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The occurrence and frequency of Jungle Justice in Nigeria has been a major concern to human rights communities, state and non-state actors.  It takes away people’s right to life, and is a strong indication of lawlessness and lack of respect for rule of law, which of course is common in Nigeria. It contravenes the Nigeria’s Constitution, section 33.(1) Every person has a right to life, and no one shall be deprived intentionally of his life, save in execution of the sentence of a court in respect of a criminal offence of which he has been found guilty in Nigeria.

Many jungle justices go unnoticed and underreported in Nigeria, because it has been able to blend itself into the national narrative of one of the ways ‘justice’ is dispensed. This ugly practice has advanced to the point where even our urban communities have become theatres for perpetrating this inhumane act. In recent times, we have seen cases of people who have been lynched and set ablaze on mere suspicion of being thieves, kidnappers and the likes. This basically reflects the idea that state institutions of law and enforcement are dysfunctional and lack trust or confidence of citizens.

A survey conducted by Noi-Poll in 2014 revealed that 51% of Nigerians, representing the majority, attribute the high prevalence of jungle justice in the country to a “lack of trust in the law enforcement agencies”. In addition, the majority of Nigerians (94%) affirm there is a high prevalence of jungle justice/mob attack in Nigeria and describes it as “a wicked and barbaric act”. More findings revealed that almost half of Nigerians (an alarming 43%) have personally witnessed these acts of jungle justice/mob attacks in their localities, while 16% have known the victims of jungle justice/mob attacks.

On October 5, 2012, four students of the University of Port Harcourt in Nigeria were beaten and burnt to death by a lynch mob, for allegedly stealing a Blackberry phone and a laptop. Also, in 2012, a little boy was burnt alive at Surulere after it was alleged he attempted to steal.

According to Daily Trust, between January 2019 and April 2019, 24 people have been killed, 7 assaulted and tortured in seventeen states across Nigeria.  Katsina, Lagos and Bayelsa have three cases each, Nasarawa and Gombe, 2 cases each while Anambra, Ondo, Delta, Ekiti, Edo, Enugu, Benue, Abia, Federal Capital Territory (FCT), Kwara, Cross River and Oyo have a case each. In a case in Edo, a lady was beaten and has pepper inserted into her private part.

Further analysis of the cases by Daily Trust  showed that in 2019, a Sound/Music operator was killed in Umuoji, Anambra after he was mistakenly tagged a kidnapper.  Two men were killed in Jibia Local Government Area Katsina on suspicion of being informants to bandits.

In Lagos, a 26-year old man was killed by miscreants along Oshodi-Apapa expressway over false allegation of robbery.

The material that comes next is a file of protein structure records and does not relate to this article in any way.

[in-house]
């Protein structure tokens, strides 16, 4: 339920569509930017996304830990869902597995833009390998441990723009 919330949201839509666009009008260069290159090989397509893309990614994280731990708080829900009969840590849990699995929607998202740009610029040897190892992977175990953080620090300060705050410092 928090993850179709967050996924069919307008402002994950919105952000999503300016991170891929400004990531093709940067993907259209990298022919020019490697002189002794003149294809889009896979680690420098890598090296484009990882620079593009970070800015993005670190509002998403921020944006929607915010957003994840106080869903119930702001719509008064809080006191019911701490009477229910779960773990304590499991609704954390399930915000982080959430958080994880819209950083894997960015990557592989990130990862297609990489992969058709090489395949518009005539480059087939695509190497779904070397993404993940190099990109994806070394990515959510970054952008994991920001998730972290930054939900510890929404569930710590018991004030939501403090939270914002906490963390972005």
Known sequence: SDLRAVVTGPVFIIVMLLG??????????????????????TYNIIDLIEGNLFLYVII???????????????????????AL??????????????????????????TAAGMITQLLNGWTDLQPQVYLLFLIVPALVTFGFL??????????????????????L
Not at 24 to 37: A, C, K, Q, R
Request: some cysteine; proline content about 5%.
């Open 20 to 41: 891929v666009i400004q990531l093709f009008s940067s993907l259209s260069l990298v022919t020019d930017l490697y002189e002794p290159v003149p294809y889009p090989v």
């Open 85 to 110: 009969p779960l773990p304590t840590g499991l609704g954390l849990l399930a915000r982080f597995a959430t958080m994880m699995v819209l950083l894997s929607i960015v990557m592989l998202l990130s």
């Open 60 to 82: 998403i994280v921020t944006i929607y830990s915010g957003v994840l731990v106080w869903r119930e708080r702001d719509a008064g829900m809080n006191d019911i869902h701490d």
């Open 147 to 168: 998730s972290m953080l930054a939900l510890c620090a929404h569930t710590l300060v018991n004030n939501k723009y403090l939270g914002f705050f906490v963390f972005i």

Over time, it has been discovered that some victims of jungle justice are often innocent and harmless people who are just unfortunate. There is no justification for jungle justice. It is an act of lawlessness, bridge of rule of law, and inhumane.

Goal 16 of Sustainable Development Goals (SDGs) emphasized on Peace, Justice and Strong institutions. However, we cannot hope for such where jungle justice, no rule of law, torture, and conflicts are prevalent. Jungle justice has a destructive impact on country’s development; it is not inevitable and must be addressed.  Promoting rule of law, human rights and ensuring strong institutions of law and order are key to ending jungle justice in Nigeria.

In 2017, Sen. Dino Maleye sponsored Anti-Jungle Justice Bill (SB. 109) which was meant to help to curtail, protect and prohibit Nigerians across the country from meting out extra-judicial justice to perceived offenders without recourse to statutory legal channels. However, this bill has not gained much attention to make it scale through the National Assembly.

We have also observe that there is no mechanism put in place to address this menace; such mechanism would have included re-orientation, public enlightenment, strengthening institutions of law and order, and sensitizing those who have the propensity to lynch on suspects, and also introducing anti-jungle justice policy.

There is urgent need for human rights defenders, civil society organizations, law enforcement agencies, and relevant government bodies to collaboratively tackle jungle justice.

About Red Card to Jungle Justice Campaign

#RedCard2JungleJustice is initiated to sustainably discourage beating, extra judicial killings, and lynching of citizens. #RedCard2JungleJustice campaign is aimed at mobilizing human rights defenders, civil societies, law enforcements, youth, survivors of jungle justice, journalists, social media influencers, celebrities, traders, and other interested individuals to speak up and demand a sustainable action against jungle justice.

• To stimulate the interest of civil society, media, law enforcements, government agencies, and the general public in tackling jungle justice.
• To foster action among critical stakeholders against jungle justice
• To increase awareness among citizens on the need to end jungle justice

Join us on #RedCard2JungleJustice
To get involved in this campaign, contact [email protected] or [email protected]